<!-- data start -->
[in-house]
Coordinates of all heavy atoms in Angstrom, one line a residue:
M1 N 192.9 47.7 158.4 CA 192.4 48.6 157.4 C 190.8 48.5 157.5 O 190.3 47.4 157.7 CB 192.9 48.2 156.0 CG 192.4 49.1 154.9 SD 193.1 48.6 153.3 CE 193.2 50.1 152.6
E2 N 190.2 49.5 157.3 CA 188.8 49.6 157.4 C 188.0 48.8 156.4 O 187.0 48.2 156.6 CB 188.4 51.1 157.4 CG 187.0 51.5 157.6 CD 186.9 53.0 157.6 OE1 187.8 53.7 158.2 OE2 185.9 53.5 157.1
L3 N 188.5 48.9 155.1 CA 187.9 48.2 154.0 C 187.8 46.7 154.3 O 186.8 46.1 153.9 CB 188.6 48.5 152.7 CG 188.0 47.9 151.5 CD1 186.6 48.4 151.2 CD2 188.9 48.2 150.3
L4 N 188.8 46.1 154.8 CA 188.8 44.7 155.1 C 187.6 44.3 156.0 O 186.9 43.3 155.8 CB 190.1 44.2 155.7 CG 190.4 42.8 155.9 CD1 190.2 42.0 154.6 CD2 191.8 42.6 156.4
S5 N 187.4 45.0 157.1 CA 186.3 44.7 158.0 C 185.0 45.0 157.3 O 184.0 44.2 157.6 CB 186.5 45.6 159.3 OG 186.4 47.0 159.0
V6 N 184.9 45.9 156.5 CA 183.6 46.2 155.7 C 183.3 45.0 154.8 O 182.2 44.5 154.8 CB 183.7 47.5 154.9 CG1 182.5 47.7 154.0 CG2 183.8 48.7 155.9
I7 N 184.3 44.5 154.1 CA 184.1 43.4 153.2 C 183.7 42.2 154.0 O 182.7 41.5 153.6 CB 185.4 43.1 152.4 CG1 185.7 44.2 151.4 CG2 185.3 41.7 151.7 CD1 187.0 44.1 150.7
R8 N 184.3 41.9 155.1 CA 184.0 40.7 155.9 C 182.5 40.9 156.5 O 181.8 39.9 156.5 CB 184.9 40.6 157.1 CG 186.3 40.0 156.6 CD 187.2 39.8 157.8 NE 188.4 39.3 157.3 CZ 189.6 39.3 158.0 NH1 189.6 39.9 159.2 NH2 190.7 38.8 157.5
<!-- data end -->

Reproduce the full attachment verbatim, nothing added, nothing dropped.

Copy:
[in-house]
Coordinates of all heavy atoms in Angstrom, one line a residue:
M1 N 192.9 47.7 158.4 CA 192.4 48.6 157.4 C 190.8 48.5 157.5 O 190.3 47.4 157.7 CB 192.9 48.2 156.0 CG 192.4 49.1 154.9 SD 193.1 48.6 153.3 CE 193.2 50.1 152.6
E2 N 190.2 49.5 157.3 CA 188.8 49.6 157.4 C 188.0 48.8 156.4 O 187.0 48.2 156.6 CB 188.4 51.1 157.4 CG 187.0 51.5 157.6 CD 186.9 53.0 157.6 OE1 187.8 53.7 158.2 OE2 185.9 53.5 157.1
L3 N 188.5 48.9 155.1 CA 187.9 48.2 154.0 C 187.8 46.7 154.3 O 186.8 46.1 153.9 CB 188.6 48.5 152.7 CG 188.0 47.9 151.5 CD1 186.6 48.4 151.2 CD2 188.9 48.2 150.3
L4 N 188.8 46.1 154.8 CA 188.8 44.7 155.1 C 187.6 44.3 156.0 O 186.9 43.3 155.8 CB 190.1 44.2 155.7 CG 190.4 42.8 155.9 CD1 190.2 42.0 154.6 CD2 191.8 42.6 156.4
S5 N 187.4 45.0 157.1 CA 186.3 44.7 158.0 C 185.0 45.0 157.3 O 184.0 44.2 157.6 CB 186.5 45.6 159.3 OG 186.4 47.0 159.0
V6 N 184.9 45.9 156.5 CA 183.6 46.2 155.7 C 183.3 45.0 154.8 O 182.2 44.5 154.8 CB 183.7 47.5 154.9 CG1 182.5 47.7 154.0 CG2 183.8 48.7 155.9
I7 N 184.3 44.5 154.1 CA 184.1 43.4 153.2 C 183.7 42.2 154.0 O 182.7 41.5 153.6 CB 185.4 43.1 152.4 CG1 185.7 44.2 151.4 CG2 185.3 41.7 151.7 CD1 187.0 44.1 150.7
R8 N 184.3 41.9 155.1 CA 184.0 40.7 155.9 C 182.5 40.9 156.5 O 181.8 39.9 156.5 CB 184.9 40.6 157.1 CG 186.3 40.0 156.6 CD 187.2 39.8 157.8 NE 188.4 39.3 157.3 CZ 189.6 39.3 158.0 NH1 189.6 39.9 159.2 NH2 190.7 38.8 157.5